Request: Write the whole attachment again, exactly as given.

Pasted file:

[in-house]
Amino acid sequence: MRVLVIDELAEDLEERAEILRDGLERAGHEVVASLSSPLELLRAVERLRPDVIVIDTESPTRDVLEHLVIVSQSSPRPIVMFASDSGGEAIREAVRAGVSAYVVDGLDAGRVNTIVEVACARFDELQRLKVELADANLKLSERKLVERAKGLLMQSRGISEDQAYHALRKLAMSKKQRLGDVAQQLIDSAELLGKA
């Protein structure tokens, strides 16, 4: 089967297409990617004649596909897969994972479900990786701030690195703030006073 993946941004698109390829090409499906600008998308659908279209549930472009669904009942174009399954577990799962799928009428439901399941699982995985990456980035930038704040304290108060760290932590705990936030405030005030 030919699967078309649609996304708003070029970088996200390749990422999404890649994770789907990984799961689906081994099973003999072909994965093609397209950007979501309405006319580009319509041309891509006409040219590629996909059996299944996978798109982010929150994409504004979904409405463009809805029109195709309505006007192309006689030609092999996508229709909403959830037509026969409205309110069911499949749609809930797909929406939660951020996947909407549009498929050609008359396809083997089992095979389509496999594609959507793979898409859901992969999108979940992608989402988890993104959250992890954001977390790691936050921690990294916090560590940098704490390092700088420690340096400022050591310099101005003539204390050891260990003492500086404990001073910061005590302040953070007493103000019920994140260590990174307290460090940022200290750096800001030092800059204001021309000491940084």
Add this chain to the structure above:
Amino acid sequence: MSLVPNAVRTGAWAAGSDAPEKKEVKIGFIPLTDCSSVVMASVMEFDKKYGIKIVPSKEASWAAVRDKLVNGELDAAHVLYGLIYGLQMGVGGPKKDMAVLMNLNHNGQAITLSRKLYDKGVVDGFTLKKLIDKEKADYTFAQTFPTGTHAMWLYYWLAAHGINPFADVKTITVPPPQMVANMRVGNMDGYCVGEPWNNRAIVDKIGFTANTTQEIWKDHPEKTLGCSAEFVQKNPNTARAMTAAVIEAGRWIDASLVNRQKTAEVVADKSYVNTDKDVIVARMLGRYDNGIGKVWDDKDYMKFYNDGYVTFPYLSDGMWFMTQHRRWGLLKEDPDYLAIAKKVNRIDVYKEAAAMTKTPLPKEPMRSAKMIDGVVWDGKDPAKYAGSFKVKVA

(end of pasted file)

[in-house]
Amino acid sequence: MRVLVIDELAEDLEERAEILRDGLERAGHEVVASLSSPLELLRAVERLRPDVIVIDTESPTRDVLEHLVIVSQSSPRPIVMFASDSGGEAIREAVRAGVSAYVVDGLDAGRVNTIVEVACARFDELQRLKVELADANLKLSERKLVERAKGLLMQSRGISEDQAYHALRKLAMSKKQRLGDVAQQLIDSAELLGKA
């Protein structure tokens, strides 16, 4: 089967297409990617004649596909897969994972479900990786701030690195703030006073 993946941004698109390829090409499906600008998308659908279209549930472009669904009942174009399954577990799962799928009428439901399941699982995985990456980035930038704040304290108060760290932590705990936030405030005030 030919699967078309649609996304708003070029970088996200390749990422999404890649994770789907990984799961689906081994099973003999072909994965093609397209950007979501309405006319580009319509041309891509006409040219590629996909059996299944996978798109982010929150994409504004979904409405463009809805029109195709309505006007192309006689030609092999996508229709909403959830037509026969409205309110069911499949749609809930797909929406939660951020996947909407549009498929050609008359396809083997089992095979389509496999594609959507793979898409859901992969999108979940992608989402988890993104959250992890954001977390790691936050921690990294916090560590940098704490390092700088420690340096400022050591310099101005003539204390050891260990003492500086404990001073910061005590302040953070007493103000019920994140260590990174307290460090940022200290750096800001030092800059204001021309000491940084």
Add this chain to the structure above:
Amino acid sequence: MSLVPNAVRTGAWAAGSDAPEKKEVKIGFIPLTDCSSVVMASVMEFDKKYGIKIVPSKEASWAAVRDKLVNGELDAAHVLYGLIYGLQMGVGGPKKDMAVLMNLNHNGQAITLSRKLYDKGVVDGFTLKKLIDKEKADYTFAQTFPTGTHAMWLYYWLAAHGINPFADVKTITVPPPQMVANMRVGNMDGYCVGEPWNNRAIVDKIGFTANTTQEIWKDHPEKTLGCSAEFVQKNPNTARAMTAAVIEAGRWIDASLVNRQKTAEVVADKSYVNTDKDVIVARMLGRYDNGIGKVWDDKDYMKFYNDGYVTFPYLSDGMWFMTQHRRWGLLKEDPDYLAIAKKVNRIDVYKEAAAMTKTPLPKEPMRSAKMIDGVVWDGKDPAKYAGSFKVKVA